Photo of a not-very-nice Chicago day taken from the plane:

Arrived in Chicago at 8.15am. There was a baggage delay and poor Antonio was waiting for me in the car outside till around 9am. He looked so sleepy even after gulping down a mega-sized takeaway coffee. Ops, sorry but thank you for picking me up :) I’m very fortunate to have nice friends like Antonio and Merce!

Was thinking of sleeping but my brain seemed to be fuel with caffeine – tired but want to be on-the-go.

Antonio and I went out to Las Tablas for dinner – it was a Colombian steak house that served the best meat I've had in Chicago to date. We had a couple of empanadas (stuffed pastries with filling of beef, chicken, spinach or cheese inside) for starters. I had a Sangria (fruit punch wine) - hmm, very nice! Antonio and I shared an main meal (hehe, lesson learnt from previous dinners), the Bandeja Paisa (traditional Colombian mountain platter of char-broiled Colombian-style cut rib eye served with fried pork rind, rice, beans, fried egg, corn bread, sweet plantain, and avocado). I love the food – it was so good! Definitely recommended :)

We took a walked around Lincoln Park area – nice quaint shops, lots of variety of food places and people. This is the area where Luca has recently moved to.

We went to see a Spanish movie called Pudor at Landmark's Century Center Cinema. It was one of the many movies screened for the 43 Chicago International Film Festival held from October 4th-17th. The movie was about the most dysfuntional family you can think of (Dad’s dying, Mom’s having an affair, their teenage daughter hates herself and their young son sees ghosts). Interesting movie though had a rather sad ending.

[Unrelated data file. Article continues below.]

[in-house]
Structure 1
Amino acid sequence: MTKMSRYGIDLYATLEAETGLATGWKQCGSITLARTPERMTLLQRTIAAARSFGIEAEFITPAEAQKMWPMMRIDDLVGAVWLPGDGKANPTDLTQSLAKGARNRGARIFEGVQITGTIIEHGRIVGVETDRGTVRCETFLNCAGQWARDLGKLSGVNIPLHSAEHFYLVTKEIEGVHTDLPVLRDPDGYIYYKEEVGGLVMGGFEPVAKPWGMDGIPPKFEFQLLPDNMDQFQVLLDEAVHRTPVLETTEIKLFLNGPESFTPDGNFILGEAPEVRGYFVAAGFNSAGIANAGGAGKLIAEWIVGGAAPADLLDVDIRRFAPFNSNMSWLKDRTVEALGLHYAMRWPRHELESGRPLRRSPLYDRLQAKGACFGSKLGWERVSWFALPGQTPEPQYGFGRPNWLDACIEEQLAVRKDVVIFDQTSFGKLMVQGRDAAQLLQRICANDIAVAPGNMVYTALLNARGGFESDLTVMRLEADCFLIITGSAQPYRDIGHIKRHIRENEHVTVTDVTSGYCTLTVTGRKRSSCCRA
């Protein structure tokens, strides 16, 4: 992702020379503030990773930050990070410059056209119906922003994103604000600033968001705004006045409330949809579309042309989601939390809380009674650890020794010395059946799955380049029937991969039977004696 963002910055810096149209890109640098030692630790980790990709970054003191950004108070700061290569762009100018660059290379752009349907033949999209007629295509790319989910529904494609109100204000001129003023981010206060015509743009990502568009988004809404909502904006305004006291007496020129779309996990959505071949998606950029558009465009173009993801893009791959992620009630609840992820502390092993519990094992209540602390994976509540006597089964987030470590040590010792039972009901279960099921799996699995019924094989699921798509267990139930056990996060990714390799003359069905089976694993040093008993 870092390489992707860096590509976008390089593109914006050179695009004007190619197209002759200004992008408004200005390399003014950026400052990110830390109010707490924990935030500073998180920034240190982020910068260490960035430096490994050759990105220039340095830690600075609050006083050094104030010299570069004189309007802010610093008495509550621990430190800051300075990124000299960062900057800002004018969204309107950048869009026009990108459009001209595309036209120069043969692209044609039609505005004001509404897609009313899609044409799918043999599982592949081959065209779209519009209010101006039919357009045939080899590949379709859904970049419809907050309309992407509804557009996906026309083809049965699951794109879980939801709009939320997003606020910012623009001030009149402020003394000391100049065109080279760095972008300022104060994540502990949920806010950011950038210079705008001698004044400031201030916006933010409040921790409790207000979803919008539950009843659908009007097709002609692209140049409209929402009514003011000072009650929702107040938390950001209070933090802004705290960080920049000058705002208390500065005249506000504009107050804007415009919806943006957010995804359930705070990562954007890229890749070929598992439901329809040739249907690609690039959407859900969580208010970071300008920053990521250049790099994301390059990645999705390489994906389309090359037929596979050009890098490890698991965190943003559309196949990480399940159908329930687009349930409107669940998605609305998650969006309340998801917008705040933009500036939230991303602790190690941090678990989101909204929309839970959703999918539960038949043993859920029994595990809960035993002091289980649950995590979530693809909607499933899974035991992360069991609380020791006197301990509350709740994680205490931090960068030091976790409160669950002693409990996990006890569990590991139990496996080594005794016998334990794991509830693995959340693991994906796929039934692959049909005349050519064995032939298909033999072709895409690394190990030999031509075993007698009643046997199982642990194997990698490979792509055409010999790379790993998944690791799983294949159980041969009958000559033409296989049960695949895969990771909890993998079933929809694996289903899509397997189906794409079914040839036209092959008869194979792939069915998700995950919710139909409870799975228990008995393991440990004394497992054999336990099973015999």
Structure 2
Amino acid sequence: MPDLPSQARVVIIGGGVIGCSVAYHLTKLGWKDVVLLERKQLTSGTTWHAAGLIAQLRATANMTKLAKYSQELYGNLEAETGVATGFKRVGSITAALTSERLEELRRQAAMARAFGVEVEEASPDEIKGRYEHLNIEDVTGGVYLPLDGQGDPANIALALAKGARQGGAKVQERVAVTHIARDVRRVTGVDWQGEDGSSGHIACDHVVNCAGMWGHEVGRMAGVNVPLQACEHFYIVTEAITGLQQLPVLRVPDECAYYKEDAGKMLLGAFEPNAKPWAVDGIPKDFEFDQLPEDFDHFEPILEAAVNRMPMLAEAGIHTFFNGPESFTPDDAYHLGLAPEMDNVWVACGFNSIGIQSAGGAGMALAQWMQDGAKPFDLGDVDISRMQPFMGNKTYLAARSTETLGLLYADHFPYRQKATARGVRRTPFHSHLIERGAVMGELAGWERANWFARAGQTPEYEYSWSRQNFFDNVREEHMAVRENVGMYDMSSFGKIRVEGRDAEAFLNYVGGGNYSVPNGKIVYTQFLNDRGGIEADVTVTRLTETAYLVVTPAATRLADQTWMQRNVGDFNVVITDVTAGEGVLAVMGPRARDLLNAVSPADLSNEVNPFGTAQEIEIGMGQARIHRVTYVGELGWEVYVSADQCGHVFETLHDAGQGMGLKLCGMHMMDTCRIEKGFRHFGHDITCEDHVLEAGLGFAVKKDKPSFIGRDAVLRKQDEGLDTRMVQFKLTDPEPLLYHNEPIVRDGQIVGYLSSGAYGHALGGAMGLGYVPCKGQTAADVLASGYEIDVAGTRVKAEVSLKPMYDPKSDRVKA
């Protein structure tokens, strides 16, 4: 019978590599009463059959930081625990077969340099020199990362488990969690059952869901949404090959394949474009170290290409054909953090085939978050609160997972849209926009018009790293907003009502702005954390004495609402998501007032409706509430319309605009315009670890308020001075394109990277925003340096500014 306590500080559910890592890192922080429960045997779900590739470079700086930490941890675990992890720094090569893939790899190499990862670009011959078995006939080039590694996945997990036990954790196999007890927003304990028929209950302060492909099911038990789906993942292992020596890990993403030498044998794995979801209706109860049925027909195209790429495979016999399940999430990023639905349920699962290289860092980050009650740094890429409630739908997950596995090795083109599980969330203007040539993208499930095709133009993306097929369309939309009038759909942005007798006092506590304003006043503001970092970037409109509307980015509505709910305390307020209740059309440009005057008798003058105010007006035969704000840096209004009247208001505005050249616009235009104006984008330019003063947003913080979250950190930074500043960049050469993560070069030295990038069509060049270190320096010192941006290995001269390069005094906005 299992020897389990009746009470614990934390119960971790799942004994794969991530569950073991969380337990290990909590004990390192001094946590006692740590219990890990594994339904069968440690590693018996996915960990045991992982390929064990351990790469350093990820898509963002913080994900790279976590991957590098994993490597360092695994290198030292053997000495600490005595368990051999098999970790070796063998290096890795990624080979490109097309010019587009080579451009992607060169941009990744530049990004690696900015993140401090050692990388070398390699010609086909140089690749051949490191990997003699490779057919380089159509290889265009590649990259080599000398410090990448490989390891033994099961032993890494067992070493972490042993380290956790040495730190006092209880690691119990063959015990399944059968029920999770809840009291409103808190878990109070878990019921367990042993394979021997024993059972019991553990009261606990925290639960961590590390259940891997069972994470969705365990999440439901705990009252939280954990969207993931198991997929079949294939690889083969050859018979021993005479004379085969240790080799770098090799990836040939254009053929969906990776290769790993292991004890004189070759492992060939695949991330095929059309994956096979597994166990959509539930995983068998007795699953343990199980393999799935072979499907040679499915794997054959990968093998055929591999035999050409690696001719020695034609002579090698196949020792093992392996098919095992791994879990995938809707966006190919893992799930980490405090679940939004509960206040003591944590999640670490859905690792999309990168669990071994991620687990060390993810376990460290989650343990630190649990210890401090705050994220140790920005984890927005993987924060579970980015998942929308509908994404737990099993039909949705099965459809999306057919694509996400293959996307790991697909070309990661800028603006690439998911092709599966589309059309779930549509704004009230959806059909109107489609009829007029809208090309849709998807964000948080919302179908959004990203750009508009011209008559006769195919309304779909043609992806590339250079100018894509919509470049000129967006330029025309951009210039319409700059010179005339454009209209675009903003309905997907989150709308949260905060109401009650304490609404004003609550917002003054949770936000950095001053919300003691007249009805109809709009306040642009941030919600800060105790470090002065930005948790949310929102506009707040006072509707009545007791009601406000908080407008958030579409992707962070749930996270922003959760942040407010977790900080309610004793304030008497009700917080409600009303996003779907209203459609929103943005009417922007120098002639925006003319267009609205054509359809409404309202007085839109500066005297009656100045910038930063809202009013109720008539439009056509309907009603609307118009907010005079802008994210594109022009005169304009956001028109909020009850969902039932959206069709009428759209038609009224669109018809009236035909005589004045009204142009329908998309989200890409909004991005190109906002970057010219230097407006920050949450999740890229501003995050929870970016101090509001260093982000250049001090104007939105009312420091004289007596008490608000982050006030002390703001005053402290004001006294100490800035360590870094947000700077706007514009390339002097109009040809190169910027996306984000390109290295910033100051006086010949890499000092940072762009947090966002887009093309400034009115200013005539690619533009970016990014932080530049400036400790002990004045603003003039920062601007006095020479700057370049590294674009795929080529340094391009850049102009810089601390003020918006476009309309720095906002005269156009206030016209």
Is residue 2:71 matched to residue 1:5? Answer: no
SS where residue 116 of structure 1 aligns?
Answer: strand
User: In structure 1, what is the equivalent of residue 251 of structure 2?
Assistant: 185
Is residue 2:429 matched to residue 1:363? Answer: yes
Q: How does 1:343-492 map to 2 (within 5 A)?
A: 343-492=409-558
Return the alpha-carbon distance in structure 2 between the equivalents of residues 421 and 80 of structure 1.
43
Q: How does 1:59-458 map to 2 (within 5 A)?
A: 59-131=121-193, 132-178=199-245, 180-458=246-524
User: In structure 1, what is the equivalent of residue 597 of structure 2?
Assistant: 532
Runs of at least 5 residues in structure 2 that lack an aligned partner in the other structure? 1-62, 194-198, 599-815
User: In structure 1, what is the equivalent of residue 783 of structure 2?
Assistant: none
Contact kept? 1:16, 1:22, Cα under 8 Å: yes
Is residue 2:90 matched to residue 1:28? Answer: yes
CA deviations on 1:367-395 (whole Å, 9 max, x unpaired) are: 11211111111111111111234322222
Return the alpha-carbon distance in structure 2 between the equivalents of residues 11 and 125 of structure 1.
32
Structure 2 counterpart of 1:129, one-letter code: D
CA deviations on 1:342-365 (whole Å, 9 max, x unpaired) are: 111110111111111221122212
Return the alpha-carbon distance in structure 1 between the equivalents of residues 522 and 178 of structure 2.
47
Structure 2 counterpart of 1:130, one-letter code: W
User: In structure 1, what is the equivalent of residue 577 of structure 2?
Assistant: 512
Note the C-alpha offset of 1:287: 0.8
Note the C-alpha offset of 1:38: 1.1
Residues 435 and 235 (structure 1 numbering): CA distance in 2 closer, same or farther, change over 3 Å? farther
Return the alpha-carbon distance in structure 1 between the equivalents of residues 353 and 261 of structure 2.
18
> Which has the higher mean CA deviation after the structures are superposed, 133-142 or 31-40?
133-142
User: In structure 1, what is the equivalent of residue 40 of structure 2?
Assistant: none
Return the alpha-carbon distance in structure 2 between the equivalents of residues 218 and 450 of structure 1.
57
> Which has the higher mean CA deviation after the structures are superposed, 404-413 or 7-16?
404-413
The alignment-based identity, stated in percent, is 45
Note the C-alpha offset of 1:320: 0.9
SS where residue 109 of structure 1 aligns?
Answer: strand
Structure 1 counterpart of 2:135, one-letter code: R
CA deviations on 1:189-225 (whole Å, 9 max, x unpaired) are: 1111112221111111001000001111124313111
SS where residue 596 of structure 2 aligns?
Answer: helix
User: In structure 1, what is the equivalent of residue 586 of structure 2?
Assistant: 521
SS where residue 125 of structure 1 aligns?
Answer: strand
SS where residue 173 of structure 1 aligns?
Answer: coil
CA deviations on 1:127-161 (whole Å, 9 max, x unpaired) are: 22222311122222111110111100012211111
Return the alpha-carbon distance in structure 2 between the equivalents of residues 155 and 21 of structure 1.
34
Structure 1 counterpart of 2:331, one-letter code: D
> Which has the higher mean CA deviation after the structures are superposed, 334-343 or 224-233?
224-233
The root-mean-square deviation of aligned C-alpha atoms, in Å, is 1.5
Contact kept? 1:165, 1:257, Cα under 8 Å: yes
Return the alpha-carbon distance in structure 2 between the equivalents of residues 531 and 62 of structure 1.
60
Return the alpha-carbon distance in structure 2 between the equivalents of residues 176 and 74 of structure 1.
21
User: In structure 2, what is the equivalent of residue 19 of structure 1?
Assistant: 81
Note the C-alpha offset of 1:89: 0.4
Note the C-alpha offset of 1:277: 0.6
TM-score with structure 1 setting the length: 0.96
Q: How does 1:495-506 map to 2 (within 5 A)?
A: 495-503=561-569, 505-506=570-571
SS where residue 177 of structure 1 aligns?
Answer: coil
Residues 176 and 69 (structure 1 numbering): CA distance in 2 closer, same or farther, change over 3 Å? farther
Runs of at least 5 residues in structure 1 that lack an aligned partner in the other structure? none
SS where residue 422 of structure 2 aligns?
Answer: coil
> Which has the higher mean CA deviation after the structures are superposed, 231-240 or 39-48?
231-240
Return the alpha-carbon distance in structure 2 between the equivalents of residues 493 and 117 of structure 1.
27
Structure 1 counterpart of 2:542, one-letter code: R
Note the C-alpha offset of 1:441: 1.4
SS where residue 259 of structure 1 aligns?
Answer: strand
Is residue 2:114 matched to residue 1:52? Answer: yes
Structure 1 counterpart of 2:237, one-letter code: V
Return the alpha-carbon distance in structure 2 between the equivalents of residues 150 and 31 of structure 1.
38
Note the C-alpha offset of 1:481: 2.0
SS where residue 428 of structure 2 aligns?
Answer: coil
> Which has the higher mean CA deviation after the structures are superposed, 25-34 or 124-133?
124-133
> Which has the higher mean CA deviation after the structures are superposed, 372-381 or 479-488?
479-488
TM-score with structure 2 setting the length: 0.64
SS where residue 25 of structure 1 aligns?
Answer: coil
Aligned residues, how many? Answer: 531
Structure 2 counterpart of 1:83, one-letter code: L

Tuesday, 9th October 2007: Spent the afternoon with Maria shopping for Paco’s birthday present and had lunch at Potbelly Sandwich Works (it has similarities like Subway where you build your own sandwich). It was a nice day and I enjoy hanging out with Maria. Photo of us in the city:

Oh, did I mention to you that Maria is super creative? She made those earrings she wore in the photo. Hey Maria, you should set up a little shop to sell your jewelry pieces! Anyone interested to see Maria's collection, just click on the link to her blog "Maria Pozo".

Laura had invited some friends to a Brazilian party at Ñ bar. I’m not sure if the others enjoyed it because it wasn’t really a party but a live Brazilian band playing wonderful bossa novas. I thoroughly enjoyed myself and would love if there was a band like this that plays at Latinos bar in Wellington (so far there’s only Batucada which plays samba carnival music in Wellington and several salsa bands in town). I wouldn’t mind listening to a band like this every week! And I need to learn how to samba – it was nice to watch a couple dancing slowly together to the beautiful songs and I was unable to fully participate (sob, sob!).

Wednesday, 10th October 2007: Went over to Maria’s at 1.30pm to help her with party plans for Paco’s birthday tomorrow night. I was introduced to her classmate Dilsia from Republic Dominican. Dilsia, like Maria, came to Chicago because their husbands work/study at the university. It was a nice afternoon for ladies to have coffee and chat – I can see the 3 of us hanging out a lot more. We just click!